I live in a city that nurtures a great creative industry. This means that I meet (and, sigh, date) lots of out-of-work artists, musicians, and writers. Some of them live with their parents so that they can pursue their dream without paying rent. Others work “day jobs” as receptionists, delivery drivers, and store clerks so that they can free up time and attention for their artistic pursuits. All of them, to one degree or another, are juggling their tolerance for professional and artistic compromise.
Julia Cameron (author of the much-beloved book, The Artist’s Way) doesn’t have much use for artists who only go halfway or live in the shadows of other artists. She calls them, in a slightly derogatory tone, Shadow Artists.
Too intimidated to become artists themselves, very often too low in self-worth to even recognize that they have an artistic dream, these people become shadow artists instead. Artists themselves but ignorant of their true identity, shadow artists are to be found shadowing declared artists… Shadow artists often choose shadow careers — those close to the desired art, even parallel to it, but not the art itself.
By her definition, as an art therapist, I could be considered a Shadow Artist. I’m not out there producing, exhibiting, and actively selling my own work. I suppose I could, if I really dedicated myself to improving my skills and did art at the expense of all else. Instead, I am facilitating artistic expression and creativity in myself and others. I am “using” art for other means. I’m in an artistic profession, but am not an “artist.” I have not thrown myself, headlong, into the artist’s life with all of its uncertainties. I hate to be this way, but I like my paycheck.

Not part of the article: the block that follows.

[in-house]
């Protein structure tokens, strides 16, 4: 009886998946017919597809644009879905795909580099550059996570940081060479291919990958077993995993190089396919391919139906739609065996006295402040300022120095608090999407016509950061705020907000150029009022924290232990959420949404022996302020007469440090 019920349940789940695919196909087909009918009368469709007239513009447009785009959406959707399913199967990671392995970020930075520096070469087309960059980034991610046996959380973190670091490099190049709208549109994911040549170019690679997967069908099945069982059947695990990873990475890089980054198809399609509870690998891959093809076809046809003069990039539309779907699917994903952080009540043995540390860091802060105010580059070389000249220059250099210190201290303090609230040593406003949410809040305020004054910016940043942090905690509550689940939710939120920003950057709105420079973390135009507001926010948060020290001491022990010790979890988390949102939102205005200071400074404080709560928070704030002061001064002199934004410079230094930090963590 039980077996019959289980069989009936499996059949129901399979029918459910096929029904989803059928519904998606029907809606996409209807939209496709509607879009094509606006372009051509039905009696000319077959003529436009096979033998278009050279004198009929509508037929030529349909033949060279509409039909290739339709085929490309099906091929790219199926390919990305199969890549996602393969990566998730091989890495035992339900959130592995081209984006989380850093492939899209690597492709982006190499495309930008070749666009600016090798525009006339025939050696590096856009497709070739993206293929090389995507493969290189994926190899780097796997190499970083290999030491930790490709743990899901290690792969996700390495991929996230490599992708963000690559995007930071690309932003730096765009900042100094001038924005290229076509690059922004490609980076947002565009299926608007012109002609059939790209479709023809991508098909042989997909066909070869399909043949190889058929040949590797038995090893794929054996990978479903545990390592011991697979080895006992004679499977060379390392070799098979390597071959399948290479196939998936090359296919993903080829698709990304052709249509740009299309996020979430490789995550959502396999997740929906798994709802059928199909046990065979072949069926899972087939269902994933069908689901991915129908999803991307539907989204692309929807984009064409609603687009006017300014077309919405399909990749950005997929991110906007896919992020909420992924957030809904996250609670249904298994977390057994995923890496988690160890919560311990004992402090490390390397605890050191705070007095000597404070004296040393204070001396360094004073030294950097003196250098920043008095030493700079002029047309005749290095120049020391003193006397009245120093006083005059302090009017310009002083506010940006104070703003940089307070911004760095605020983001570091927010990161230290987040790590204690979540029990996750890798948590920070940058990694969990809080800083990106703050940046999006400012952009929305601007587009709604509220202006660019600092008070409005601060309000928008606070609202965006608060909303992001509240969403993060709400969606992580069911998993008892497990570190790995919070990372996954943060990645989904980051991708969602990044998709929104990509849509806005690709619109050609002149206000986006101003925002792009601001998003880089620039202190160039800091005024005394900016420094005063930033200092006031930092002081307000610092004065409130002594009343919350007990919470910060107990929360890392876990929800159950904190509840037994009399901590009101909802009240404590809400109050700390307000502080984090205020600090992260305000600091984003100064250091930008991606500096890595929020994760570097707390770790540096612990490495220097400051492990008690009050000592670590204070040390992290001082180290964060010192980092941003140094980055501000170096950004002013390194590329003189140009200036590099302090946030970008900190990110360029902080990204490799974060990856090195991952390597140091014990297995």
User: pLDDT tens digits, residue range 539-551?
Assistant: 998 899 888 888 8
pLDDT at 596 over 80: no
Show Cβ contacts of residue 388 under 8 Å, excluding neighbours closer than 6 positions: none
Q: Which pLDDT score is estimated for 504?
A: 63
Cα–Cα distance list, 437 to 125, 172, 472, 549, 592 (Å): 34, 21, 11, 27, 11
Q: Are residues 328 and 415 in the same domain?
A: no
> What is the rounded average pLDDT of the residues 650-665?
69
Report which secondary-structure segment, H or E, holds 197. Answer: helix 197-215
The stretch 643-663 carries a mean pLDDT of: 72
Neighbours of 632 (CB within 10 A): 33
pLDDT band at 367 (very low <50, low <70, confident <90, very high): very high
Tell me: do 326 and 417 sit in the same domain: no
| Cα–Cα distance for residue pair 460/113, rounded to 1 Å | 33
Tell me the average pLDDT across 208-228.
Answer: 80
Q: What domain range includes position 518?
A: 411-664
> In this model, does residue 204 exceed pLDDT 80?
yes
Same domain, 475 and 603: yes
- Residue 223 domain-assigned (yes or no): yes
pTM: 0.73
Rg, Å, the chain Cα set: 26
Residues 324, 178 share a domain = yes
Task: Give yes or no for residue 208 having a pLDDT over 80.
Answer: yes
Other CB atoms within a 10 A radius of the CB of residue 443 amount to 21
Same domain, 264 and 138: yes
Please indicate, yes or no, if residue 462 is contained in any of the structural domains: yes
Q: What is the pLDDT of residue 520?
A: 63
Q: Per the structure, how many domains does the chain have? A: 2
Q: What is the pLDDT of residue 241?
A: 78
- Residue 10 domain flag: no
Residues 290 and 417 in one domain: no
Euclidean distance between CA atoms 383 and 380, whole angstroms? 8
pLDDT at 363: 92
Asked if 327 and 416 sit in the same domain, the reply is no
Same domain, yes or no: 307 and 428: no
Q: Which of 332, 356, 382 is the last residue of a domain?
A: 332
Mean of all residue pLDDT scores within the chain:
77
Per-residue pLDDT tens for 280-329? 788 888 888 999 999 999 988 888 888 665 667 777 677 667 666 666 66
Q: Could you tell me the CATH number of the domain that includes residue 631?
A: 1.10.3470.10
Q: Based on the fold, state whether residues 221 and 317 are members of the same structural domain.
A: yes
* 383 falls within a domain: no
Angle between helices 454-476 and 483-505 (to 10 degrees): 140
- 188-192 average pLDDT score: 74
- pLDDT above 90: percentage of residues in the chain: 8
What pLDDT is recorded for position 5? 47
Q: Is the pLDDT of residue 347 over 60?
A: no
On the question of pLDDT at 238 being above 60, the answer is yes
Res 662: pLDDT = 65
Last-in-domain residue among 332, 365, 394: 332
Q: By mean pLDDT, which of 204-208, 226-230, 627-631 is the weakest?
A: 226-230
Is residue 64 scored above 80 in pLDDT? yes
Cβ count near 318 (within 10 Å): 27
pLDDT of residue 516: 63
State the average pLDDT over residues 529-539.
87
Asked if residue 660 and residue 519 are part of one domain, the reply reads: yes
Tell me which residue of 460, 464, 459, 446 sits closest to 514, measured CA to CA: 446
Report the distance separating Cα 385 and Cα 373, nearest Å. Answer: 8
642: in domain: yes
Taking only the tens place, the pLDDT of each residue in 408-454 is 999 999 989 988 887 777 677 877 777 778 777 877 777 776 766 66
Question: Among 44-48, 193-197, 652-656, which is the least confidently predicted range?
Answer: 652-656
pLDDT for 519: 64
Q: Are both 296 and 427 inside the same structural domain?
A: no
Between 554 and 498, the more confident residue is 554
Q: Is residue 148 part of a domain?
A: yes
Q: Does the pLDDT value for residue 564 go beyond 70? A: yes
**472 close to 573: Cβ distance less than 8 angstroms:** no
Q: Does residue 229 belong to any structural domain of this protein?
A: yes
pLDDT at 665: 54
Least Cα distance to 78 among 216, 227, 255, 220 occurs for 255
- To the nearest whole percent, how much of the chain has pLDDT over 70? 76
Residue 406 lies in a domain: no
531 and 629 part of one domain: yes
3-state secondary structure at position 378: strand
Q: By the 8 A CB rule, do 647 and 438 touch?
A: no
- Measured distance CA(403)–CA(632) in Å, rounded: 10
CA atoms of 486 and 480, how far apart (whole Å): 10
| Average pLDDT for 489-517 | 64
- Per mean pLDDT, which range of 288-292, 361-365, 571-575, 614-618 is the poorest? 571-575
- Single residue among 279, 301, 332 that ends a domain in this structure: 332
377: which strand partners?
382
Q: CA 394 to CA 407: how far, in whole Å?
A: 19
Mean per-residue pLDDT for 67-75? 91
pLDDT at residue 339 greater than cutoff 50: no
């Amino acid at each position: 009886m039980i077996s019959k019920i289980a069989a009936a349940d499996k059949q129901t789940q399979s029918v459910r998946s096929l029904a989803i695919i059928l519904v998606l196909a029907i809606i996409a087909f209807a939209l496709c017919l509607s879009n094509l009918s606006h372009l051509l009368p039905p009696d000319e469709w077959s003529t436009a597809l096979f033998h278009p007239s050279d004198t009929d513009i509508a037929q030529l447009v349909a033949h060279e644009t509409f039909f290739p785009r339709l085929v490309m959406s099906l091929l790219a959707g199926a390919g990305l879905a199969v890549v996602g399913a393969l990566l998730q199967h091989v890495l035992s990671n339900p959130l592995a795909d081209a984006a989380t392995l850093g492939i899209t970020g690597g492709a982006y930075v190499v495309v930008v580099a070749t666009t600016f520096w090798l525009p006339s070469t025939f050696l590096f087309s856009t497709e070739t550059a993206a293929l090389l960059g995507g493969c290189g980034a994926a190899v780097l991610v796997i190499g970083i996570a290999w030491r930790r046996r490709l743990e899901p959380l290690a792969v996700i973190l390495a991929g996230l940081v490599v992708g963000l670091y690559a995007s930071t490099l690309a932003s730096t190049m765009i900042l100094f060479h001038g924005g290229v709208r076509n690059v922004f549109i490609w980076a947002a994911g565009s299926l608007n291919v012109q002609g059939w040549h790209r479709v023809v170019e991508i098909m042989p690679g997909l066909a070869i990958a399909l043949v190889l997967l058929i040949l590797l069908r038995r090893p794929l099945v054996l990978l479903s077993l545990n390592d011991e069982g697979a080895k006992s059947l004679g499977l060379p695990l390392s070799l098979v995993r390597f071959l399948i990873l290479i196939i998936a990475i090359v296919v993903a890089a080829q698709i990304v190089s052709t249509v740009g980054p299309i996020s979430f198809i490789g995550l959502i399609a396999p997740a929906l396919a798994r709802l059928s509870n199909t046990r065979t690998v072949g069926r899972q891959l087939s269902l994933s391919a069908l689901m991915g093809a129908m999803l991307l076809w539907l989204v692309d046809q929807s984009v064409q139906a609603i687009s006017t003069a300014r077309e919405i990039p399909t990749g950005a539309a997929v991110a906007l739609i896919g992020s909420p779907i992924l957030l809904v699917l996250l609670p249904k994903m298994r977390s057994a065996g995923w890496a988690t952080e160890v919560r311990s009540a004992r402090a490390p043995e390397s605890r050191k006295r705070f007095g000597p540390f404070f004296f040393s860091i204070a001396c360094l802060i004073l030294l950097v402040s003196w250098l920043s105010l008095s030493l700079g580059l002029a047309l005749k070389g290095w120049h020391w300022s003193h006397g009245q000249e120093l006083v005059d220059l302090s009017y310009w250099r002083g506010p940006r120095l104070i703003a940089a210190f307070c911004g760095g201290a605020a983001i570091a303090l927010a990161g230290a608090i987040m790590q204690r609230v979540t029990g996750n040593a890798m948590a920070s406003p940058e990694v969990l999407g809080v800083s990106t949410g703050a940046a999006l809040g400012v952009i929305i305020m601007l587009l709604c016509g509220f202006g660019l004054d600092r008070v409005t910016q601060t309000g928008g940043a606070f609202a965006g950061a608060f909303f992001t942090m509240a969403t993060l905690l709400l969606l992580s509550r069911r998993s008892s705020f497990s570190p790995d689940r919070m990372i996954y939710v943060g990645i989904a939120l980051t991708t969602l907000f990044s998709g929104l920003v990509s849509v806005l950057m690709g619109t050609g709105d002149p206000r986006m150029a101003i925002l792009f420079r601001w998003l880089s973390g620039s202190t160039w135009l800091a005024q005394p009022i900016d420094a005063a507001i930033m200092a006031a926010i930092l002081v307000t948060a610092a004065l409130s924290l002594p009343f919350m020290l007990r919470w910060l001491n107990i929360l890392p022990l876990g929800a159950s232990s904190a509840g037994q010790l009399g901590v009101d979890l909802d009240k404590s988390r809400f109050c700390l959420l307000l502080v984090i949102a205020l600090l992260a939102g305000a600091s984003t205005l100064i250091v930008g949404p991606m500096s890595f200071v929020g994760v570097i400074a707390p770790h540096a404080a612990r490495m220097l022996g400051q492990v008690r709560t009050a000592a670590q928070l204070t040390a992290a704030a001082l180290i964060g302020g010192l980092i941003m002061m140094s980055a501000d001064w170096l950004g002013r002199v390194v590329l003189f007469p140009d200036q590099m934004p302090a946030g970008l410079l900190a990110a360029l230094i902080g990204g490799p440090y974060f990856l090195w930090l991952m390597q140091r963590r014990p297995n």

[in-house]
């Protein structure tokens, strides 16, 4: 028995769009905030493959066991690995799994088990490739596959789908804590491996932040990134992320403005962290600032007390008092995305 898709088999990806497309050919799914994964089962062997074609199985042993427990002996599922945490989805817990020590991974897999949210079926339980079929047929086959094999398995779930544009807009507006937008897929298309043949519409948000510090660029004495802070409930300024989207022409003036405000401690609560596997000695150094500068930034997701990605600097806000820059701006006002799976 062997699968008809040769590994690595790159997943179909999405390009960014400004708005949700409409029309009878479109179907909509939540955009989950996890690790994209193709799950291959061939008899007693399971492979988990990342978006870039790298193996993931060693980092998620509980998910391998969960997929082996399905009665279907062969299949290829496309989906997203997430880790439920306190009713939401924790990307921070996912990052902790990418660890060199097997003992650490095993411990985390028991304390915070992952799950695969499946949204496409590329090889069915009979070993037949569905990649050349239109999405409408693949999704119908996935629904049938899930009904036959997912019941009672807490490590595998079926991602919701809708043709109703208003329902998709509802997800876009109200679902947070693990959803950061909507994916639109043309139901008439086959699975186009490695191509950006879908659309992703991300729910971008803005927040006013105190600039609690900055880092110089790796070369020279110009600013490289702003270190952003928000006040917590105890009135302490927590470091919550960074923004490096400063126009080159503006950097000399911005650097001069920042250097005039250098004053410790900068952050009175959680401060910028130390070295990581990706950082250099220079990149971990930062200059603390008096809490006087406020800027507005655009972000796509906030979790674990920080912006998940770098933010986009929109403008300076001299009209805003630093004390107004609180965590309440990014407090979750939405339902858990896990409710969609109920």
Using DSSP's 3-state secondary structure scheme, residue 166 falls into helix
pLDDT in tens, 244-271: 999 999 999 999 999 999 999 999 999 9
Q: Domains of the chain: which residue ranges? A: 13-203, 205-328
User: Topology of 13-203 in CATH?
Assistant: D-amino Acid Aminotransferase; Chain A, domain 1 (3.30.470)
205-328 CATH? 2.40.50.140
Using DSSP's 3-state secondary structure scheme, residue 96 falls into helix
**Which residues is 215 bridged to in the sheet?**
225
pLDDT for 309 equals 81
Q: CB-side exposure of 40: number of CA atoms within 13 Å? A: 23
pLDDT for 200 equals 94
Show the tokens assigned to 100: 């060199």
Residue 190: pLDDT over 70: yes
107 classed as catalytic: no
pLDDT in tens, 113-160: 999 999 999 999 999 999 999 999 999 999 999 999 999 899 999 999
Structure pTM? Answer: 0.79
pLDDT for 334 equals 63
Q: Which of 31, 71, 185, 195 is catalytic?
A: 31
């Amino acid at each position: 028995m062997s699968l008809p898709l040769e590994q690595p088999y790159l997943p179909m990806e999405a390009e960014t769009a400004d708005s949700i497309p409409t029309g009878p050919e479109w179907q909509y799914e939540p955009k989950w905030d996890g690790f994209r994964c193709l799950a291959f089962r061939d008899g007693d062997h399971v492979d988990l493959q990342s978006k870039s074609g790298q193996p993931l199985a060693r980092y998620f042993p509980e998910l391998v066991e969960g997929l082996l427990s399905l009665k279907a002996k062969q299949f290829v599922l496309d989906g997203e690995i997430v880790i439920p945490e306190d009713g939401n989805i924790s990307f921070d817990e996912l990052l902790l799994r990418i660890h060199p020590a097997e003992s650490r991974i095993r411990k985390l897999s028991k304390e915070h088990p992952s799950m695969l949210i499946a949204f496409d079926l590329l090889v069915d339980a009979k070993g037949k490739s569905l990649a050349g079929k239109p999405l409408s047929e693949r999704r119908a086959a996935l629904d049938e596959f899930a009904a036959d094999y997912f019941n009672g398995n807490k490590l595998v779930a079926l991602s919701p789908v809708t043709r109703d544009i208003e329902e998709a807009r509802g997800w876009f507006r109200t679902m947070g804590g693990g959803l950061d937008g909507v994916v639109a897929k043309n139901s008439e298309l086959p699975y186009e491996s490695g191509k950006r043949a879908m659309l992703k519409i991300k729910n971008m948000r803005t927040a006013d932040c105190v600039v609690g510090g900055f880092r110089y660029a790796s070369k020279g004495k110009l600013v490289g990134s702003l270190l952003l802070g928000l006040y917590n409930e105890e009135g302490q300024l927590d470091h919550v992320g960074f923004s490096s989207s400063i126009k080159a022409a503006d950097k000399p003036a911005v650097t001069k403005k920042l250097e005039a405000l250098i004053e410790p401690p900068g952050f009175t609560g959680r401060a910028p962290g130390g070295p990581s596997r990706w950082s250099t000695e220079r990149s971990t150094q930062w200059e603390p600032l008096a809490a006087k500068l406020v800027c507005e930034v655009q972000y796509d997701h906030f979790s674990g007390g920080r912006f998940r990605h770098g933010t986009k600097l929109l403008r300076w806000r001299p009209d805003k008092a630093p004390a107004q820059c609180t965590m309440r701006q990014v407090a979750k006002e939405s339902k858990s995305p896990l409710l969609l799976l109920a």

In some ways, I think Julia has it right about the process of embracing yourself as an artist. Behold:
As a rule of thumb, shadow artists judge themselves harshly, beating themselves for years over the fact that they have not acted on their dreams. This cruelty only reinforces their status as shadow artists. Remember, it takes nurturing to make an artist. Shadow artists did not receive sufficient nurturing. They blame themselves for not acting fearlessly anyhow…
For all shadow artists, life may be a discontented experience, filled with a sense of missed purpose and unfulfilled promise. They want to write. They want to paint. They want to act, make music, dance… but they are afraid to take themselves seriously.
In order to move from the realm of shadows into the light of creativity, shadow artists must learn to take themselves seriously.
Whenever I reach this point in the book, I wonder if Julia Cameron would prefer that all creative people attempt to become full-time artists. I am not trying to be overly critical of her or the book (which contains some good stuff), but the world does need doctors and lawyers and farmers.
One of my favorite poets, William Carlos Williams, was a highly successful pediatrician and medical doctor. You may know him from his famous poem, “The Red Wheelbarrow.”
so much depends
a red wheel
glazed with rain